Xiomaro To Publish Book on The Wildwoods of New Jersey

Xiomaro To Publish Book on The Wildwoods of New Jersey

Xiomaro, an artist whose National Park photography is widely exhibited in the U.S. and abroad, has been offered a second contract with Fonthill Media, a leading publisher in England.  Under the worldwide agreement, the artist will author a book of photography about the Wildwoods in New Jersey for publication in 2025.  Xiomaro’s book will be part of Fonthill Media’s new series “Photographer’s America.”

The book will feature approximately 160 color and black-and-white images capturing the essence of the Wildwoods, one of America’s best family beach vacation spots.  The iconic barrier island is acclaimed as much for its kitschy 1950’s space-age architecture and whimsical neon signage – known as Googie – as for its famous boardwalk, ranked among the top ten most popular in the nation.  But there is more to the Wildwoods than the sunshine, blue skies, and quirky motels.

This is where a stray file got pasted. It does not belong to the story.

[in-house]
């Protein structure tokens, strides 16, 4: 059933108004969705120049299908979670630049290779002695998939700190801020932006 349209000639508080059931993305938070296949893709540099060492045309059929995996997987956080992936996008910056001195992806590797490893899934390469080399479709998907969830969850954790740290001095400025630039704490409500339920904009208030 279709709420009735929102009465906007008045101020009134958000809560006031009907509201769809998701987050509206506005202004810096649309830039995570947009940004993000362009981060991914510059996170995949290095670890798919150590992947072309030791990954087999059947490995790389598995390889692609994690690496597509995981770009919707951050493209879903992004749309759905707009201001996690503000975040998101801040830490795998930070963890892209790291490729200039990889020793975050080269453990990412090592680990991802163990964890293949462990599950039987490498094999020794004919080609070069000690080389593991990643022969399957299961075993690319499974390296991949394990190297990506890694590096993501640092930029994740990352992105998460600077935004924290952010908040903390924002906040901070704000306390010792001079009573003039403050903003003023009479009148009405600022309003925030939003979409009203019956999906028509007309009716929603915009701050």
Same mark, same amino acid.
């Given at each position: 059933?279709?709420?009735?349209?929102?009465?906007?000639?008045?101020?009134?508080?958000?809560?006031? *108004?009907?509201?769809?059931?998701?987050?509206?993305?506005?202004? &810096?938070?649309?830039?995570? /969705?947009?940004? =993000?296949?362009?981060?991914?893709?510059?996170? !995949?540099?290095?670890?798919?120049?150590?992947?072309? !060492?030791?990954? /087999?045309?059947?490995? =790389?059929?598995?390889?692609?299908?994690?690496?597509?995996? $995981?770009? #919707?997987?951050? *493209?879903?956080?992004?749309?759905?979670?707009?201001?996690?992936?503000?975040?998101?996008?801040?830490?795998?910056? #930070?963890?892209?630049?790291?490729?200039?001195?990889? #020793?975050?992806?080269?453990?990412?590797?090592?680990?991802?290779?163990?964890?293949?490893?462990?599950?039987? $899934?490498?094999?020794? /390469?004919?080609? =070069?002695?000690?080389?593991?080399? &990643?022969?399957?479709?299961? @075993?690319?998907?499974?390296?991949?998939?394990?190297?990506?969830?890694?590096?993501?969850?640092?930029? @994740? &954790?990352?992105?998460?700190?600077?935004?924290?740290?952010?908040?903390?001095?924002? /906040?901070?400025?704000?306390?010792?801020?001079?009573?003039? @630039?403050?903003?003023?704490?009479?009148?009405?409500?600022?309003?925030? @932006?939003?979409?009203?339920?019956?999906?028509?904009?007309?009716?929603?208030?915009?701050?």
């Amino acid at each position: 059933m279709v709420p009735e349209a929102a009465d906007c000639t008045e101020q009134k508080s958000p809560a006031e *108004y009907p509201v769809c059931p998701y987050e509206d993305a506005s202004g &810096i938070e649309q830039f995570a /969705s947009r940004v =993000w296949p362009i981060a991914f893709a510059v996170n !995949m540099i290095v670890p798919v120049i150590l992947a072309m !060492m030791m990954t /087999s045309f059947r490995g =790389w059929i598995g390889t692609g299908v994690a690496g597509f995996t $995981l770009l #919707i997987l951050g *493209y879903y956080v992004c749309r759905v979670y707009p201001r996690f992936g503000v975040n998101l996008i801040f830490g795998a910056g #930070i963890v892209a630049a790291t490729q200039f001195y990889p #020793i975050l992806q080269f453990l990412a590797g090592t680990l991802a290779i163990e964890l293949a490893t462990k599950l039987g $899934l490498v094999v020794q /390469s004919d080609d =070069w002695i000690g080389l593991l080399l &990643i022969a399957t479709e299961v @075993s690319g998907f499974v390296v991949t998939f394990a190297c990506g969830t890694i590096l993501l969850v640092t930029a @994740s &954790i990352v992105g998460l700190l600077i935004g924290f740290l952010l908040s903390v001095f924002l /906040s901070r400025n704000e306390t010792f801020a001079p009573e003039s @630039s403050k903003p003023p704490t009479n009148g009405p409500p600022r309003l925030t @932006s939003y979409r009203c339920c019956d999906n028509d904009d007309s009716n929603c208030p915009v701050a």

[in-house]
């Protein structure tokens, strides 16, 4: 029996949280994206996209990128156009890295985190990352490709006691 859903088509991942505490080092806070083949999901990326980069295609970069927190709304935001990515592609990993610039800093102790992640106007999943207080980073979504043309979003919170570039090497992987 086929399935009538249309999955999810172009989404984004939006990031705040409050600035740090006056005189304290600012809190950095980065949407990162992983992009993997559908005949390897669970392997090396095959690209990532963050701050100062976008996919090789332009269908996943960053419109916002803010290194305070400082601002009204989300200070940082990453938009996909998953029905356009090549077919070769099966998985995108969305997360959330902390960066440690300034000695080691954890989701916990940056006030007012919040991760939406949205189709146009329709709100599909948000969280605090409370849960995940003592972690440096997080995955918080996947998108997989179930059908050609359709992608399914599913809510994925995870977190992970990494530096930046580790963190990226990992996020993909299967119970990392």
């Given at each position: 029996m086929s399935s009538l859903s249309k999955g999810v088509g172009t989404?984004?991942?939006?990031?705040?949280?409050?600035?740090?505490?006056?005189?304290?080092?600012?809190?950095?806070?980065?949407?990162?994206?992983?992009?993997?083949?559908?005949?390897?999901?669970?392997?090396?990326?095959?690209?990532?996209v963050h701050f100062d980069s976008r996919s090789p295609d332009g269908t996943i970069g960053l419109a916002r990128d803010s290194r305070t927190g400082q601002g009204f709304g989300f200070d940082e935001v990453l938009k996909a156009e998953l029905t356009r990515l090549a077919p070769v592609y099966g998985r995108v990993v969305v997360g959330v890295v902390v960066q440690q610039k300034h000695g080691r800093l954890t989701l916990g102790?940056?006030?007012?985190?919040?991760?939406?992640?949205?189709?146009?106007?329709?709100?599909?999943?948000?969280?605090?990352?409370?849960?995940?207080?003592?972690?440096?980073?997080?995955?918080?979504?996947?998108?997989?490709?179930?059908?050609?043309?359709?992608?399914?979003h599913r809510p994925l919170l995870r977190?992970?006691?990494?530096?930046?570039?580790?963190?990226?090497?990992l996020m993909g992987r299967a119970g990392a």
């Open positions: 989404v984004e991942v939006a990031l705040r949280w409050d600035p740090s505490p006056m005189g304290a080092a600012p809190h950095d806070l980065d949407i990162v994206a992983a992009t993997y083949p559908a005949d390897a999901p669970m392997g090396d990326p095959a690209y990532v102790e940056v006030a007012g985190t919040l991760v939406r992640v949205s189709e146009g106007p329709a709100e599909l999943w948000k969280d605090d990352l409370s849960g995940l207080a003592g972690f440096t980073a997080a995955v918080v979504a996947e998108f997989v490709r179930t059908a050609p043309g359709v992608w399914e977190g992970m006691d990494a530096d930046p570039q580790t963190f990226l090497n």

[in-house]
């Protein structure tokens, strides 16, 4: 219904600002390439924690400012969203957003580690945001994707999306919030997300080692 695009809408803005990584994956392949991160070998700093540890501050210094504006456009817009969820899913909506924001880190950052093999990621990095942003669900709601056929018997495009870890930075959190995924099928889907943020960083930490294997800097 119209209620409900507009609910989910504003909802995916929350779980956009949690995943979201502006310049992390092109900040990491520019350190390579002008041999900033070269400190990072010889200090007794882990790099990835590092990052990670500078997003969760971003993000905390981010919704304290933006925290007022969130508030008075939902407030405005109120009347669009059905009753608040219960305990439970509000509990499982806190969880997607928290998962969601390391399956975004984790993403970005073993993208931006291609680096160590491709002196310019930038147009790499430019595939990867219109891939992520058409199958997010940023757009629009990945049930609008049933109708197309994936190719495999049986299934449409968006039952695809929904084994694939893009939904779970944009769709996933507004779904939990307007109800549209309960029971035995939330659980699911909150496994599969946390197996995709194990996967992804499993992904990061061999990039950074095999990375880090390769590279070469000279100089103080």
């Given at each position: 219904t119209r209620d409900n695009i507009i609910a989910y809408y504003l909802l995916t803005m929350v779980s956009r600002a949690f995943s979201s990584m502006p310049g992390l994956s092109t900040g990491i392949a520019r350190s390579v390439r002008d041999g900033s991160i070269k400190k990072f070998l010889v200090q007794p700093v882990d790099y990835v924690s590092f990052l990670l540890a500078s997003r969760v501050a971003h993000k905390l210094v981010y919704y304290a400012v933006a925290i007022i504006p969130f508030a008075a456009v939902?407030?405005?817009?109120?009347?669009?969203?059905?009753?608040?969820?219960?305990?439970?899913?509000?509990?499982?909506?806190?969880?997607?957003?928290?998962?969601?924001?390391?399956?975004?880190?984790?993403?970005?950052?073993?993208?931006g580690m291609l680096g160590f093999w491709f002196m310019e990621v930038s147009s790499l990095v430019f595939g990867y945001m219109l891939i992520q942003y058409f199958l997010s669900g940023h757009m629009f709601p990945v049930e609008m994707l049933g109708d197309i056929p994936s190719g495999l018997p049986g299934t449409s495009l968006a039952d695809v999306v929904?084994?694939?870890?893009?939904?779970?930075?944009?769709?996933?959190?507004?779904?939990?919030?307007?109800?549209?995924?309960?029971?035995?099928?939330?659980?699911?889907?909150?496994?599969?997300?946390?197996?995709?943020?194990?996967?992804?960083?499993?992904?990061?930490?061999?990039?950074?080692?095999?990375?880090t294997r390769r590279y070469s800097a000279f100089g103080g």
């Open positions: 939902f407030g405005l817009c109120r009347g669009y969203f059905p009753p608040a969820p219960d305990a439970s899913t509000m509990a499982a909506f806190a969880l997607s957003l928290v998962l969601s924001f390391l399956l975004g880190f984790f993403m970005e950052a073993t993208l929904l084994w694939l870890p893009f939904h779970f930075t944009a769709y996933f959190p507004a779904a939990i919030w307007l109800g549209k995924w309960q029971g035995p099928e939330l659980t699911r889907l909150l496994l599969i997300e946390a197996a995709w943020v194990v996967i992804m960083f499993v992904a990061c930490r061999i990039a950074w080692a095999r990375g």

This five-mile strip has an edge rarely seen in other books.  Whether they are sandcastle artists, proud owners of souped-up cars, tattooed hipsters, glamorous drag queens, or flamboyantly-feathered mummers, it is the colorful diversity of 21st century people that transcends the Eisenhower-era trappings.  Eventually, it all winds down and the playground returns to the island’s less than 13,000 residents.  For them, the quiet solitude and starkness of the off-season provides a welcome respite before the Wildwoods awakens and reclaims its place in the sun.

Xiomaro (pronounced SEE-oh-MAH-ro) is best known for his fine art photographic collections commissioned by the National Park Service, which have been covered by the New York Times, Fine Art Connoisseur magazine and network television news programs. His first book, Weir Farm National Historic Site (Arcadia Publishing) featured Connecticut’s first national park and his work at Morristown National Historical Park was the subject of the PBS documentary, Xiomaro Captures Morristown.  Those photographs were exhibited last year at Morris Museum and can be seen at the park’s Jockey Hollow Visitor Center.

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